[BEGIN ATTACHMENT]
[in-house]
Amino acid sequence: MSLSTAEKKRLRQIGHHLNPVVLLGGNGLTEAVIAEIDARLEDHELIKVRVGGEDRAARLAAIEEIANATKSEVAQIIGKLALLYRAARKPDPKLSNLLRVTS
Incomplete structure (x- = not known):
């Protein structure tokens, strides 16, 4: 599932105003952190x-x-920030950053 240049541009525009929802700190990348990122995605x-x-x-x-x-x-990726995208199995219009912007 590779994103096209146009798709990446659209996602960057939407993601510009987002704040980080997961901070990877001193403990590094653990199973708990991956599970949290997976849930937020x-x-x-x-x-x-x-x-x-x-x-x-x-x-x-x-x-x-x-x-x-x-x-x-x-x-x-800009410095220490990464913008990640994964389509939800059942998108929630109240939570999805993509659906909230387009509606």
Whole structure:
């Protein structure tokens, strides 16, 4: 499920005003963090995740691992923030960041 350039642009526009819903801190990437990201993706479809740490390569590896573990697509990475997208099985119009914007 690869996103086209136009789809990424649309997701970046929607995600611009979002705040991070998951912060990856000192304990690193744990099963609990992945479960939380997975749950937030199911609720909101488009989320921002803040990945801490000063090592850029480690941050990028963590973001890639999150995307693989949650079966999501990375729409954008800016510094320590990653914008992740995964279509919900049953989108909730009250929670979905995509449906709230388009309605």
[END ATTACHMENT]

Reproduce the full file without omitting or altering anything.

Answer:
[in-house]
Amino acid sequence: MSLSTAEKKRLRQIGHHLNPVVLLGGNGLTEAVIAEIDARLEDHELIKVRVGGEDRAARLAAIEEIANATKSEVAQIIGKLALLYRAARKPDPKLSNLLRVTS
Incomplete structure (x- = not known):
């Protein structure tokens, strides 16, 4: 599932105003952190x-x-920030950053 240049541009525009929802700190990348990122995605x-x-x-x-x-x-990726995208199995219009912007 590779994103096209146009798709990446659209996602960057939407993601510009987002704040980080997961901070990877001193403990590094653990199973708990991956599970949290997976849930937020x-x-x-x-x-x-x-x-x-x-x-x-x-x-x-x-x-x-x-x-x-x-x-x-x-x-x-800009410095220490990464913008990640994964389509939800059942998108929630109240939570999805993509659906909230387009509606």
Whole structure:
């Protein structure tokens, strides 16, 4: 499920005003963090995740691992923030960041 350039642009526009819903801190990437990201993706479809740490390569590896573990697509990475997208099985119009914007 690869996103086209136009789809990424649309997701970046929607995600611009979002705040991070998951912060990856000192304990690193744990099963609990992945479960939380997975749950937030199911609720909101488009989320921002803040990945801490000063090592850029480690941050990028963590973001890639999150995307693989949650079966999501990375729409954008800016510094320590990653914008992740995964279509919900049953989108909730009250929670979905995509449906709230388009309605």